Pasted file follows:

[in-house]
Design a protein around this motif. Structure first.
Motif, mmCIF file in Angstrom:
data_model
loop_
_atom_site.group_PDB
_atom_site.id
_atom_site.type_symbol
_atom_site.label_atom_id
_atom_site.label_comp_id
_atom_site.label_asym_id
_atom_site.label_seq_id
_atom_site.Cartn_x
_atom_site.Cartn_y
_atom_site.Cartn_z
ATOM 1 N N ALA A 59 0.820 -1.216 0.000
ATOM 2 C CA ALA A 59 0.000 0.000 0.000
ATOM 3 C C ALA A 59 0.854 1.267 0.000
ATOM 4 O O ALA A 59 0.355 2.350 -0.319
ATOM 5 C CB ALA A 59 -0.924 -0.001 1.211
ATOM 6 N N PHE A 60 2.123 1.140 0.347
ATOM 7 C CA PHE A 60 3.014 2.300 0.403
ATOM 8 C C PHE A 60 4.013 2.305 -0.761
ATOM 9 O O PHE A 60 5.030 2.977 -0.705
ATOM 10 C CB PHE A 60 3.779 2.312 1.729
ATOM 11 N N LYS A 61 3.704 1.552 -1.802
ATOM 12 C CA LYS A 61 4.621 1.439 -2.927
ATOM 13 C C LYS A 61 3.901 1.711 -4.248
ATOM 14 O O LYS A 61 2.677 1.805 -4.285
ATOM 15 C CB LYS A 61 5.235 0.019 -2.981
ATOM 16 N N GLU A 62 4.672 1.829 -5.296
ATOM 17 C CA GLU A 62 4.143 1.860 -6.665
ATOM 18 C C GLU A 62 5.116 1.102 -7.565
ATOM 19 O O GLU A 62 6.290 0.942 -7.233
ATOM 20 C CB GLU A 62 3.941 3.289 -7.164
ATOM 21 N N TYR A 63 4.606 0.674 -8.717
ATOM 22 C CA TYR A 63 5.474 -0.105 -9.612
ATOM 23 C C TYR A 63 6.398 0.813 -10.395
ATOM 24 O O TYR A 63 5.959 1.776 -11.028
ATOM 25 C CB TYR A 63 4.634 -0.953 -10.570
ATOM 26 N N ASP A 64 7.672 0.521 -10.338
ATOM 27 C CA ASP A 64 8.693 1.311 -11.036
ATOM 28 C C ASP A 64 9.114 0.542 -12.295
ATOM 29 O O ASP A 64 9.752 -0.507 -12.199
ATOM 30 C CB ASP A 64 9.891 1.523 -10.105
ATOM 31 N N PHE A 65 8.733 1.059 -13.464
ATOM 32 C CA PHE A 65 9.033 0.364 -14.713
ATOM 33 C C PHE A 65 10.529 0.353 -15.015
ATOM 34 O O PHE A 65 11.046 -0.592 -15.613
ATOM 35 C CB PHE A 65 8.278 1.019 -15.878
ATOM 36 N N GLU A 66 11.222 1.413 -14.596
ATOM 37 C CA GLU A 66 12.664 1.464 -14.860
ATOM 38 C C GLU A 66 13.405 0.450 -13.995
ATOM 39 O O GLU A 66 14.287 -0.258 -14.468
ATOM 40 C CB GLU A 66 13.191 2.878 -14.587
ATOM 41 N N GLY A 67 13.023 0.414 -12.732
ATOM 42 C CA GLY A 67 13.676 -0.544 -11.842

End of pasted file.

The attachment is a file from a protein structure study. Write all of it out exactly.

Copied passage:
[in-house]
Design a protein around this motif. Structure first.
Motif, mmCIF file in Angstrom:
data_model
loop_
_atom_site.group_PDB
_atom_site.id
_atom_site.type_symbol
_atom_site.label_atom_id
_atom_site.label_comp_id
_atom_site.label_asym_id
_atom_site.label_seq_id
_atom_site.Cartn_x
_atom_site.Cartn_y
_atom_site.Cartn_z
ATOM 1 N N ALA A 59 0.820 -1.216 0.000
ATOM 2 C CA ALA A 59 0.000 0.000 0.000
ATOM 3 C C ALA A 59 0.854 1.267 0.000
ATOM 4 O O ALA A 59 0.355 2.350 -0.319
ATOM 5 C CB ALA A 59 -0.924 -0.001 1.211
ATOM 6 N N PHE A 60 2.123 1.140 0.347
ATOM 7 C CA PHE A 60 3.014 2.300 0.403
ATOM 8 C C PHE A 60 4.013 2.305 -0.761
ATOM 9 O O PHE A 60 5.030 2.977 -0.705
ATOM 10 C CB PHE A 60 3.779 2.312 1.729
ATOM 11 N N LYS A 61 3.704 1.552 -1.802
ATOM 12 C CA LYS A 61 4.621 1.439 -2.927
ATOM 13 C C LYS A 61 3.901 1.711 -4.248
ATOM 14 O O LYS A 61 2.677 1.805 -4.285
ATOM 15 C CB LYS A 61 5.235 0.019 -2.981
ATOM 16 N N GLU A 62 4.672 1.829 -5.296
ATOM 17 C CA GLU A 62 4.143 1.860 -6.665
ATOM 18 C C GLU A 62 5.116 1.102 -7.565
ATOM 19 O O GLU A 62 6.290 0.942 -7.233
ATOM 20 C CB GLU A 62 3.941 3.289 -7.164
ATOM 21 N N TYR A 63 4.606 0.674 -8.717
ATOM 22 C CA TYR A 63 5.474 -0.105 -9.612
ATOM 23 C C TYR A 63 6.398 0.813 -10.395
ATOM 24 O O TYR A 63 5.959 1.776 -11.028
ATOM 25 C CB TYR A 63 4.634 -0.953 -10.570
ATOM 26 N N ASP A 64 7.672 0.521 -10.338
ATOM 27 C CA ASP A 64 8.693 1.311 -11.036
ATOM 28 C C ASP A 64 9.114 0.542 -12.295
ATOM 29 O O ASP A 64 9.752 -0.507 -12.199
ATOM 30 C CB ASP A 64 9.891 1.523 -10.105
ATOM 31 N N PHE A 65 8.733 1.059 -13.464
ATOM 32 C CA PHE A 65 9.033 0.364 -14.713
ATOM 33 C C PHE A 65 10.529 0.353 -15.015
ATOM 34 O O PHE A 65 11.046 -0.592 -15.613
ATOM 35 C CB PHE A 65 8.278 1.019 -15.878
ATOM 36 N N GLU A 66 11.222 1.413 -14.596
ATOM 37 C CA GLU A 66 12.664 1.464 -14.860
ATOM 38 C C GLU A 66 13.405 0.450 -13.995
ATOM 39 O O GLU A 66 14.287 -0.258 -14.468
ATOM 40 C CB GLU A 66 13.191 2.878 -14.587
ATOM 41 N N GLY A 67 13.023 0.414 -12.732
ATOM 42 C CA GLY A 67 13.676 -0.544 -11.842